This may come as a shock to some of you, but there is more than just one way to make a mark.Â My trip to the OKC Zoo on Saturday had me trying out a Faber Castell pen.Â I found it to be “scratchy” and lacking the ability to lay down a dynamic line.Â But, sometimes that’s exactly what you’re looking for.Â In comic illustration, for instance, that is exactly the kind of thing they want for outlining and hatching superheroes going “Ker-Pow!”
buy Gabapentin online cheap I prefer the flexible nib of the brush pen, or even just a brush, because I rely heavily on the fluidity of the line to give me the shapes I am looking for.Â Perhaps with more training and patience I will come to appreciate more the finer tipped pens.
A lot of times, however, I want to use watercolors to sketch with.Â As a child of the 70’s and 80’s, my work is HEAVILY influenced by the artists with their ink and wash sketches, particularly those found in Highlights magazine.Â Often, I don’t think a watercolor is complete until you have the shapes outlined.Â For that you either need to sketch with the paint first and wait for it to dry before attempting to outline, or you need a waterproof ink.Â Â The Faber Castell did outstanding in that area.Â Better even than a sharpie, and those are supposed to be “permanent”.
Many people like to lay down the initial sketches with a graphite pencil.Â I never liked that because the wax always seemed to show through in my finished product.Â That is until I discovered watercolor pencils and watersoluble graphite.Â These are great for laying down quick lines and then painting them away with your wash.Â Of course, the downside is that they wash away when you need the outline. Or they’re gone with the first wash and you don’t have the marks to show your value map.Â Again, I’m sure this is something that comes with practice.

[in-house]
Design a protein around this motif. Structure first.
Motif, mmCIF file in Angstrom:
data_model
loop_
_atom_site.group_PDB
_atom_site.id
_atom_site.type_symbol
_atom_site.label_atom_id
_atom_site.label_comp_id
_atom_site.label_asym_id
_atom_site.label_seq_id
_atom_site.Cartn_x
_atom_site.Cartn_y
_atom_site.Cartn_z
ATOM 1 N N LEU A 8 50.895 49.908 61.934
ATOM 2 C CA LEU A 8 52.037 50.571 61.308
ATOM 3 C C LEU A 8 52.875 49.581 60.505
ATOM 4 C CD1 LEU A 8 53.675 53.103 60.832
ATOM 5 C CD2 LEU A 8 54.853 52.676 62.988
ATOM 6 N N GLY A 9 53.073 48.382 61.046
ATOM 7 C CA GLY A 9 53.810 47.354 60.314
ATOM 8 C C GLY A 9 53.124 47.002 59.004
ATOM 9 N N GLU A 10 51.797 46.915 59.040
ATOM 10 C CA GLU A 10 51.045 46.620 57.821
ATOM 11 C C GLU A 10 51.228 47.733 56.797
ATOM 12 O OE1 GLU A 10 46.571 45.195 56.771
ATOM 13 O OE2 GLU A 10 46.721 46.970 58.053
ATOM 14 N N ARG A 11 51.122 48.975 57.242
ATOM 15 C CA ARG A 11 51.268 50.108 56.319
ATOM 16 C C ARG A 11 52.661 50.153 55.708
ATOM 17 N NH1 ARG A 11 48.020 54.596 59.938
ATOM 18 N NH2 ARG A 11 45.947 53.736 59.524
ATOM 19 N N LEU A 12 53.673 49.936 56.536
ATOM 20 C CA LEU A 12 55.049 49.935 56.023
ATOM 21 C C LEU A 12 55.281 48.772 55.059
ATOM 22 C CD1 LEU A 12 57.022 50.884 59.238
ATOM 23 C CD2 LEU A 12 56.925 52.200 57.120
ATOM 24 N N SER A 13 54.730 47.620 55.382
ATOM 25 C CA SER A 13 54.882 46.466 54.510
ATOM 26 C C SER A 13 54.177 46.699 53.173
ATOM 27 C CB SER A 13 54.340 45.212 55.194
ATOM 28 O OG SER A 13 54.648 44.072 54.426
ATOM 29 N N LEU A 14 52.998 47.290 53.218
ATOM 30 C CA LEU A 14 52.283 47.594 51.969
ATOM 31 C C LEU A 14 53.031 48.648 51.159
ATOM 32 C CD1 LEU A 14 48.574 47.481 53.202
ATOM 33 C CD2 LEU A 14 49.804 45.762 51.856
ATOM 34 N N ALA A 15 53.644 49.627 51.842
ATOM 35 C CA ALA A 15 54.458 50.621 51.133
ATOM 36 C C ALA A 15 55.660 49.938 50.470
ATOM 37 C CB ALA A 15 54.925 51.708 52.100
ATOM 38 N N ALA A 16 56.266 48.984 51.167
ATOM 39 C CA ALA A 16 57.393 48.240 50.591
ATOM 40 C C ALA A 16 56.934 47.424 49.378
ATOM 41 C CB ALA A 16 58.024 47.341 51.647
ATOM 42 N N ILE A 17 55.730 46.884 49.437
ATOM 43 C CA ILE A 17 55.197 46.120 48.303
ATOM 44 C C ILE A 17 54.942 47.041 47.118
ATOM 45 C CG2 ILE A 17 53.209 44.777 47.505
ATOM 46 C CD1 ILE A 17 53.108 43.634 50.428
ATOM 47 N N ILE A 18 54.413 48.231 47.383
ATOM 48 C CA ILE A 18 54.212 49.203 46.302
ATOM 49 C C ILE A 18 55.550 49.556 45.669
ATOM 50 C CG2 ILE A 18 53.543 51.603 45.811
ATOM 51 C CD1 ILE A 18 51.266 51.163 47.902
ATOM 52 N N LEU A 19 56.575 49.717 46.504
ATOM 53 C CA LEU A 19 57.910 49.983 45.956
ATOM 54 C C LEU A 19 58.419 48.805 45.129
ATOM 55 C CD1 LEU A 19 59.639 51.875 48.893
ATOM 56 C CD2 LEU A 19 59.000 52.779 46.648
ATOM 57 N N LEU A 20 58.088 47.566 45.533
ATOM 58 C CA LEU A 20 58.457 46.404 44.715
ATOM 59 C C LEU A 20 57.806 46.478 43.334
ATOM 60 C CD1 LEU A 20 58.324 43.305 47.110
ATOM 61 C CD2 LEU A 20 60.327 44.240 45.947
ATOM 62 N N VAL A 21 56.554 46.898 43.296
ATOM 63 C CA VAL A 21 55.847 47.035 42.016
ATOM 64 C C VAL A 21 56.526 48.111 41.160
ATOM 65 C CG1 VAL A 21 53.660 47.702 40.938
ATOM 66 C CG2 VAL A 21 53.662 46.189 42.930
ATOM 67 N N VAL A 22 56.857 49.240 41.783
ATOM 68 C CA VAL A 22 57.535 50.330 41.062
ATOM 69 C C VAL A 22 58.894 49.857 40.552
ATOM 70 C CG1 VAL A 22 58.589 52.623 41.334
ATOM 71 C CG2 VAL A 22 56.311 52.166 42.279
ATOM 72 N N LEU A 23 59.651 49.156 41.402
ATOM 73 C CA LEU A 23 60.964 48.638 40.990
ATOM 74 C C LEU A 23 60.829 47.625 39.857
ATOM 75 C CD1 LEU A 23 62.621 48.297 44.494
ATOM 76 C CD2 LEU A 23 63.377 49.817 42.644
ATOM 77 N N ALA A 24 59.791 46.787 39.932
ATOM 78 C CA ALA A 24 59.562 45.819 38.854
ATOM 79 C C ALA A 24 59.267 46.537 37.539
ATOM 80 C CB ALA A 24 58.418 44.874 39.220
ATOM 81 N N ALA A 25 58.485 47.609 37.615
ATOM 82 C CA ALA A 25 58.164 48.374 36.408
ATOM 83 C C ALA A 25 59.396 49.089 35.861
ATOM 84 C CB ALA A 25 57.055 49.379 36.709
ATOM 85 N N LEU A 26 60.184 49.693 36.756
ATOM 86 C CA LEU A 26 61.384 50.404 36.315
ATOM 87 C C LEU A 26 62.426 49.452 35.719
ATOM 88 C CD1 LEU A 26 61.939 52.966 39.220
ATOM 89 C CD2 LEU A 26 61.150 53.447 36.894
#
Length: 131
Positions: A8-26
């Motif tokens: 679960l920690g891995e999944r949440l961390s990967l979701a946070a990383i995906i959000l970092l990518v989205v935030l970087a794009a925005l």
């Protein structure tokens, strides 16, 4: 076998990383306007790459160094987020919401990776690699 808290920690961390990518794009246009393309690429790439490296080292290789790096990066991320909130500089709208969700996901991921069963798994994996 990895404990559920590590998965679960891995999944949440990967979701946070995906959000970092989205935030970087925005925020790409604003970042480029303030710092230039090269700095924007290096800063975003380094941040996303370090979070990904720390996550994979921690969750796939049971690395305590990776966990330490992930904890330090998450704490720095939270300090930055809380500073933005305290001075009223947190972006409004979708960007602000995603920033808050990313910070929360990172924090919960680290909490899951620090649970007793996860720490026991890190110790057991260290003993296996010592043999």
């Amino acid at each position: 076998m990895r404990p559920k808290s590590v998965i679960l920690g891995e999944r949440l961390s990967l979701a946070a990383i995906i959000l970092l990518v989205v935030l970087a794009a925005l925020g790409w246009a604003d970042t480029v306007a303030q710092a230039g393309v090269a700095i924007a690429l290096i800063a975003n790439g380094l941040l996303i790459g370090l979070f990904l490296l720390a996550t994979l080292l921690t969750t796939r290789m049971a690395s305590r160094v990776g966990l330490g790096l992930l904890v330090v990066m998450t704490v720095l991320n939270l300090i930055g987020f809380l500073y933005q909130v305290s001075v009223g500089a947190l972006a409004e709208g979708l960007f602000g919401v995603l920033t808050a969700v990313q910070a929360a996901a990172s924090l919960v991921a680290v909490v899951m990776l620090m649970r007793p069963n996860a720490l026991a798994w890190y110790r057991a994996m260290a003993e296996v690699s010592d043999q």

I have been experimenting in my figure drawing group.Â I started with oil pastels and have now tried them, charcoal, and a china marker.Â So far, I like the china marker most.Â It gives me a rich, dark line that I can vary with pressure, and I can go very light to get grayscales.Â Plus it takes me back to pre-school and drawing with my crayons.
This week, I challenge you to experiment making marks with tools you wouldn’t normally choose.Â If you normally use pencil, try pen and see what it’s like without the net of being able to erase.Â If you normally use pen, try chalk or pastel and see what it’s like not being able to feel the paper as you mark.Â And if you can’t really find anything you’ve not tried before, you can always break out your crayons.Â And after, have a snack and a nap.
For the EDM 115, draw something green, I really had to think.Â How do you make something look green when you are only drawing in graphite?Â Of course the obvious answer is to draw something everyone knows is green like a plant, a shamrock, or *Maureen O’Hara’s gorgeous eyes.Â I looked around and I found something that if you know what it is, you’ll definitely recognize as green.Â If not, you’ll have to ask you friends who drink.
*Maureen O’Hara is the only woman who even comes close to competing with beauty of my bride.